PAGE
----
America’s own response to climate change remains inadequate, and Americans are suffering as a result, but even if the United States stopped burning fossil fuels tomorrow — magically and completely — it wouldn’t much impede the march of climate change. The country needs to help the rest of the world burn less fossil fuel, too. South Africa is a promising place to start.
South Africa needs more electricity. The country’s coal-fired power plants are regularly overwhelmed by demand, forcing the national power company, Eskom, to impose rolling blackouts. The blackouts were worse than ever last year, leaving millions of customers in major cities without power for hours at a time, disrupting the economy and slowing growth. To generate more electricity, Eskom is completing two coal-burning power plants that will be among the world’s largest, projects that have been financed in part by billions of dollars in World Bank loans.
Most leaders in South Africa’s government regard those plants as the end of an era. Climate change is taking a growing toll on the country. Like many countries that are far from the equator, South Africa is experiencing drastic changes in temperature, and it has been plagued by both droughts and flooding.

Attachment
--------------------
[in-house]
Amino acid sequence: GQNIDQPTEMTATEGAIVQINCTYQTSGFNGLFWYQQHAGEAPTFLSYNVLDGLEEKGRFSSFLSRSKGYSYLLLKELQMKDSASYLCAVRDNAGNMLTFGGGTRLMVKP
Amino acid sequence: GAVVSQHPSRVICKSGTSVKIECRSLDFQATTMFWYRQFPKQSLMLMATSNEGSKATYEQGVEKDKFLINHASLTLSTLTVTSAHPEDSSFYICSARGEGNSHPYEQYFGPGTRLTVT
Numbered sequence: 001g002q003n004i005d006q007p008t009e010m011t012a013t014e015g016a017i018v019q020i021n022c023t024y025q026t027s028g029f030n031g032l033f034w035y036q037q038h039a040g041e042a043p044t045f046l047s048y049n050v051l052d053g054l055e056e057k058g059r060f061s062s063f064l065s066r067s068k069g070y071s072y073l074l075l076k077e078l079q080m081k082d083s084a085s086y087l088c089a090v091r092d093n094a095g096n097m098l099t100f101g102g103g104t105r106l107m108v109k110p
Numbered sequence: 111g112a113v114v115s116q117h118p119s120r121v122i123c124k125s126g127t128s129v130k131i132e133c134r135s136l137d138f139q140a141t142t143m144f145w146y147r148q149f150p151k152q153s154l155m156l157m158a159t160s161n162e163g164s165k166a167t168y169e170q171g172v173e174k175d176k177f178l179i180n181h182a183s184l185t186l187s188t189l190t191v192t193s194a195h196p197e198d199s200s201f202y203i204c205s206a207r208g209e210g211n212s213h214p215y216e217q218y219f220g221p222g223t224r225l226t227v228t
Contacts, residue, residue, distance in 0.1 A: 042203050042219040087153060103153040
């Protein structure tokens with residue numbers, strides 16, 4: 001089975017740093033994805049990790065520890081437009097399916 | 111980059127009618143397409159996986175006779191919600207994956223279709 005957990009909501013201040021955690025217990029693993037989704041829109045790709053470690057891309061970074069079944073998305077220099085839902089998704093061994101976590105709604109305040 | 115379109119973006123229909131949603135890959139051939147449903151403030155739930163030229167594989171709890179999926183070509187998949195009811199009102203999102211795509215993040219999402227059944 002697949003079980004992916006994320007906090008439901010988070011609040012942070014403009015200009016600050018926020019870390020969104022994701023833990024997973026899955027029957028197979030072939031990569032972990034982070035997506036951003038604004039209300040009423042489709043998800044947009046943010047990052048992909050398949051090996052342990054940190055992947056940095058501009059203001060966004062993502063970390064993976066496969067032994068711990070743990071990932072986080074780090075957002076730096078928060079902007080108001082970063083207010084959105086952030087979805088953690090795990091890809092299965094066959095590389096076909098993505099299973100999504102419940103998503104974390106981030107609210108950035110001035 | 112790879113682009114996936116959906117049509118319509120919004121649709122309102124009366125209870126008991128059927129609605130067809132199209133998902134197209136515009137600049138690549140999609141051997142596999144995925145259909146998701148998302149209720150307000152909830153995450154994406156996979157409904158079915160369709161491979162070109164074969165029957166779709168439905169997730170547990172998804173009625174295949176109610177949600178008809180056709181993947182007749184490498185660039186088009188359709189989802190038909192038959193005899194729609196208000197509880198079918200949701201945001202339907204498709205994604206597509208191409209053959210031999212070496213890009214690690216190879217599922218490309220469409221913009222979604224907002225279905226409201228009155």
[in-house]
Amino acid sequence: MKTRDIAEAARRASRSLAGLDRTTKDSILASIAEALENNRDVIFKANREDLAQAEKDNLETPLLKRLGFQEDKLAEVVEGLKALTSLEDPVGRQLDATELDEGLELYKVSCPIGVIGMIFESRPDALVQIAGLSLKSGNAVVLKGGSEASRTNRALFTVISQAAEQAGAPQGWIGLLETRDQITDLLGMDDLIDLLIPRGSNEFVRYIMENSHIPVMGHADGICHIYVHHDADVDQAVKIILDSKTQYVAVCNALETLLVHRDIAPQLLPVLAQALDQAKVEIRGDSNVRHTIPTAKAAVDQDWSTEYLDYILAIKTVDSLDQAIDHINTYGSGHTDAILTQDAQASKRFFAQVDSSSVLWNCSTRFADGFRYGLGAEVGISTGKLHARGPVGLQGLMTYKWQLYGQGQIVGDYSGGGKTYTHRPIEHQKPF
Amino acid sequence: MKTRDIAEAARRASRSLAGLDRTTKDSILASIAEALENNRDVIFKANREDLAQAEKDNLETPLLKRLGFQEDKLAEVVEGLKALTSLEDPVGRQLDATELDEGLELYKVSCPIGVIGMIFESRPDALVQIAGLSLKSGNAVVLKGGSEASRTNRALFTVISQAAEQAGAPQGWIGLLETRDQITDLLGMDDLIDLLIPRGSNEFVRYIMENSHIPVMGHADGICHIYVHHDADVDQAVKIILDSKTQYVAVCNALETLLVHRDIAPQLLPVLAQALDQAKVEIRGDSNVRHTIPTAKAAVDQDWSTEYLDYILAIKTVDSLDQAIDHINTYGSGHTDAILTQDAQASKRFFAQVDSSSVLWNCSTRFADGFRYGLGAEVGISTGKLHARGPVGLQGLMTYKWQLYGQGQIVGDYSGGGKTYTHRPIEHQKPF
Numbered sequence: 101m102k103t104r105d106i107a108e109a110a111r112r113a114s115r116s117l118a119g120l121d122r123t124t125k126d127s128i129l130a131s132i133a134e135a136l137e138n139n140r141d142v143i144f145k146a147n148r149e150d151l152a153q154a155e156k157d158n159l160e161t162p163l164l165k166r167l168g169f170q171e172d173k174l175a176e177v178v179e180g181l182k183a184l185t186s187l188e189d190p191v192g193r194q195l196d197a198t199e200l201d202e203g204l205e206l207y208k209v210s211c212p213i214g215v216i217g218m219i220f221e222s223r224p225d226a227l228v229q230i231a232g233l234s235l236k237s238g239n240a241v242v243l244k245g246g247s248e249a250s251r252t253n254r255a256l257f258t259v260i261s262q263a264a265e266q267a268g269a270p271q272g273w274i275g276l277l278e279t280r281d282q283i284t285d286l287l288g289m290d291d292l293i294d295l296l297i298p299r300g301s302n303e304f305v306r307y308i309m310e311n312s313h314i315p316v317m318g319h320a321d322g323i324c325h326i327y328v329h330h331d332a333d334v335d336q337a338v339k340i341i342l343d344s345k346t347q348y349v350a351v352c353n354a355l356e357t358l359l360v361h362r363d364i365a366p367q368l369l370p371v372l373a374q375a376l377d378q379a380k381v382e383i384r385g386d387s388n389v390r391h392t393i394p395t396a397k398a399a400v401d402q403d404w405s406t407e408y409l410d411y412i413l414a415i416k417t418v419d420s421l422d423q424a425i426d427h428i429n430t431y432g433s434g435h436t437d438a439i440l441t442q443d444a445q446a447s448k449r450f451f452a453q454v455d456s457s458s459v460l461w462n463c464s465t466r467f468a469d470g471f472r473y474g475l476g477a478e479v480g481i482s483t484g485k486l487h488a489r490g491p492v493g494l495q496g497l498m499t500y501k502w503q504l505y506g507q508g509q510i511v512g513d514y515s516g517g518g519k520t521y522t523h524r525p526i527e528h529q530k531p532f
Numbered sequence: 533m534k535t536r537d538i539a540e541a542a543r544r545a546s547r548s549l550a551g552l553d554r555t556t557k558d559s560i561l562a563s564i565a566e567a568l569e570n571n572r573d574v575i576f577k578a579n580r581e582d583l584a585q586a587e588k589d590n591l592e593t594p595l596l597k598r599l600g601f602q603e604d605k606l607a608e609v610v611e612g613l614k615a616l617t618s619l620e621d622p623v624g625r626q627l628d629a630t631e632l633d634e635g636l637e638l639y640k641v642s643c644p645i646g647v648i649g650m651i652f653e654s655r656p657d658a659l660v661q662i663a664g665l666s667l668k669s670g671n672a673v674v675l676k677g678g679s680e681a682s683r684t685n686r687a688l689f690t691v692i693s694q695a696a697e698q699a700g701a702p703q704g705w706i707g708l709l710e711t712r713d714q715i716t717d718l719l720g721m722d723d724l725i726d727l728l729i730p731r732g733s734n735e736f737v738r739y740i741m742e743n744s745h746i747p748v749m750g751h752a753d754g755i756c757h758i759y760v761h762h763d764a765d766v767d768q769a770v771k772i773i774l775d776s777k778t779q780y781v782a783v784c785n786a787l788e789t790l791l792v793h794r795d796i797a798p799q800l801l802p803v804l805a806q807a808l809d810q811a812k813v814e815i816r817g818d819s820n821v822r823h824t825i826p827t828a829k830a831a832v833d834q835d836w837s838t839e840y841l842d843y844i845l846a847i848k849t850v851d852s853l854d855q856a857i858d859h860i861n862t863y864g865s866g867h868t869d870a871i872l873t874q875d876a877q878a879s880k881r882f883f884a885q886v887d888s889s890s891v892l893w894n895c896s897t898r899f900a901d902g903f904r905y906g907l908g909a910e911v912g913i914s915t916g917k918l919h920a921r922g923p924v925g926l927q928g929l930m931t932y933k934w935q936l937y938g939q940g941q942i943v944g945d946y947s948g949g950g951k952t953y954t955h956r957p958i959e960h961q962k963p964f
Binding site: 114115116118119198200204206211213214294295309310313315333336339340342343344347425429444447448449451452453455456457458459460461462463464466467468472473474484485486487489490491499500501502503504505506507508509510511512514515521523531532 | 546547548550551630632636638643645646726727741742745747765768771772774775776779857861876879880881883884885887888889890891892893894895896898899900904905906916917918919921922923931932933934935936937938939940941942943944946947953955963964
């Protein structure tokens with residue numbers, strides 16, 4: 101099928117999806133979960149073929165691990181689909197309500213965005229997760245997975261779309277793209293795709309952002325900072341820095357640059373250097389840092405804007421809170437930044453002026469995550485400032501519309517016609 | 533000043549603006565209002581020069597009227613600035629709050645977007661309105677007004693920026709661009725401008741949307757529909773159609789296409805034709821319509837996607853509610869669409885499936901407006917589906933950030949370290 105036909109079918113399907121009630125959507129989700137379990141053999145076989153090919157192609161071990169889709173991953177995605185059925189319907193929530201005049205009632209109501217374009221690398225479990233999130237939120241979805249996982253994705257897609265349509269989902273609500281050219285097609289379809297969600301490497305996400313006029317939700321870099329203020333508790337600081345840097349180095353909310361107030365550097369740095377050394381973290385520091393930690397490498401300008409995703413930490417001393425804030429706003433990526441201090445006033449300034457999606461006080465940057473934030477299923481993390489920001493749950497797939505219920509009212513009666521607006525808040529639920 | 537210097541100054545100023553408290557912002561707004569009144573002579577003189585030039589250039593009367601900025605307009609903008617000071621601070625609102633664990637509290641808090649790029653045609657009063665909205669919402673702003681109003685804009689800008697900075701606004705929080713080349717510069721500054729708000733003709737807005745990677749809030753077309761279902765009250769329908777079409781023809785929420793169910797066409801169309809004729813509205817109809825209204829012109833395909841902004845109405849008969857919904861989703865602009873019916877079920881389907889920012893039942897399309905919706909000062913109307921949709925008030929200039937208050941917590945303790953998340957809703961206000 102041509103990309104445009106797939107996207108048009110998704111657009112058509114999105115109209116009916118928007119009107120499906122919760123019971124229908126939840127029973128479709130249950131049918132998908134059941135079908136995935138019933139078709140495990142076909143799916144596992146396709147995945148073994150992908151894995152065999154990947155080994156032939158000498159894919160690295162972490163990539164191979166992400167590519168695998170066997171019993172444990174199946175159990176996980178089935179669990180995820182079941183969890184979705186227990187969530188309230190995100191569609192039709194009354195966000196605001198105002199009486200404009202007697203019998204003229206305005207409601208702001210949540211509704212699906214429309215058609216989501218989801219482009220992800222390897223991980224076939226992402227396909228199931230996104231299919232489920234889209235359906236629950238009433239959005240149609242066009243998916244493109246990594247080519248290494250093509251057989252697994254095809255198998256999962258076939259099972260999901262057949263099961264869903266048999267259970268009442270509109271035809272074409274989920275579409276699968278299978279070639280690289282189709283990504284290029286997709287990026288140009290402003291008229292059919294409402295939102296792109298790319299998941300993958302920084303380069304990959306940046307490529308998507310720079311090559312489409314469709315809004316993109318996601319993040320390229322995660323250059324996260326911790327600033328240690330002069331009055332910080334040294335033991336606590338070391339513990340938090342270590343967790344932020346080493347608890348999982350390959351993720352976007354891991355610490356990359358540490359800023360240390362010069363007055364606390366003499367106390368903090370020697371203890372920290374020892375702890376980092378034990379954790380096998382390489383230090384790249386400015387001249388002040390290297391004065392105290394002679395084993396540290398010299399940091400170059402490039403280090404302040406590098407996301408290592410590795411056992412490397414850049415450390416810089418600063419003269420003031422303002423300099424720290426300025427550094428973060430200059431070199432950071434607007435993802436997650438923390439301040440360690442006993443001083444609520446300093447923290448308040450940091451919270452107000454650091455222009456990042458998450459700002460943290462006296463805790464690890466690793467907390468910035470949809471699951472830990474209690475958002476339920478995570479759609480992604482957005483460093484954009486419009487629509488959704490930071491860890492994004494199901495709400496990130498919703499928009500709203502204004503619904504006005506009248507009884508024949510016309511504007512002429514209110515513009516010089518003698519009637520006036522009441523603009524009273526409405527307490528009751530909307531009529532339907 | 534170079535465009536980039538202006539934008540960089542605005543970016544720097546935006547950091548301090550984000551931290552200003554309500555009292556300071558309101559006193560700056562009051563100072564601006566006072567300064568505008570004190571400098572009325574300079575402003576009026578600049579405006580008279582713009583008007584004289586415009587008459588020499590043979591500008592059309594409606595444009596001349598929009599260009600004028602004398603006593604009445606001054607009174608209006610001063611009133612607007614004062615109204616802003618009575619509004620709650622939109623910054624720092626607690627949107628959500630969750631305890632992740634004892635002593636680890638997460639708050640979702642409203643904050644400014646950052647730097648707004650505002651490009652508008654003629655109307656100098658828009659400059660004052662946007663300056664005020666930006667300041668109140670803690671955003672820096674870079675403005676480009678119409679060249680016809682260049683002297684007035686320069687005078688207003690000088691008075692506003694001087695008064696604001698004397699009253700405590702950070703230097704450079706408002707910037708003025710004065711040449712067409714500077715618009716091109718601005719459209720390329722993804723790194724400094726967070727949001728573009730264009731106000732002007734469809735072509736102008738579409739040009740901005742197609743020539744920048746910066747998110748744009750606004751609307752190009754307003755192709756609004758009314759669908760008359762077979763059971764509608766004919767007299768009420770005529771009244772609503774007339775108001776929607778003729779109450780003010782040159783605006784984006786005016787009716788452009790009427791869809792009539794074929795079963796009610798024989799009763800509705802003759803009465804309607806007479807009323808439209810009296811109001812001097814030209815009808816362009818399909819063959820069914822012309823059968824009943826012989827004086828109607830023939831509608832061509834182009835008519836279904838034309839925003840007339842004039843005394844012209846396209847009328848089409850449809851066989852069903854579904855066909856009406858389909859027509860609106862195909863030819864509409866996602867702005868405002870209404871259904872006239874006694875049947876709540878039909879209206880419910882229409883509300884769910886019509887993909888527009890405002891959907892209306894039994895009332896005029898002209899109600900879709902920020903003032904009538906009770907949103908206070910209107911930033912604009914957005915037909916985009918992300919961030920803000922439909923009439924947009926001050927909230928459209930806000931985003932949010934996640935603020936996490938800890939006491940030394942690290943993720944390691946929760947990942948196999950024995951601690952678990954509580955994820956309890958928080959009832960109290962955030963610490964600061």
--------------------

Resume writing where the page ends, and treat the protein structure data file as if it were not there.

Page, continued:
Many of the country’s existing coal-fired power plants need to be replaced in the coming years, and the rapid decline in the cost of wind and solar power generation means that renewable energy can be substituted for coal at relatively little additional cost. Last year, the country shut down the first of those older power stations. It plans to build a solar and wind farm on the site — once again with financing provided by the World Bank.
The international aid package now under discussion with the United States and European partners is intended to accelerate the energy transition. Under the South African government’s current plans, which seek to ease the price of electricity during the transition, the country’s power plants still would produce 3.9 gigatons of carbon between now and 2050. A South African consultancy, Meridian Economics, estimated in a 2020 report that a faster transition could prevent roughly half of those emissions.
The South African government has estimated that it will require about $98 billion over the next five years to start a faster transition — and several times more to finish the work. The $8.5 billion in aid, which represents only a small fraction of that total, is meant to help South Africa raise the rest.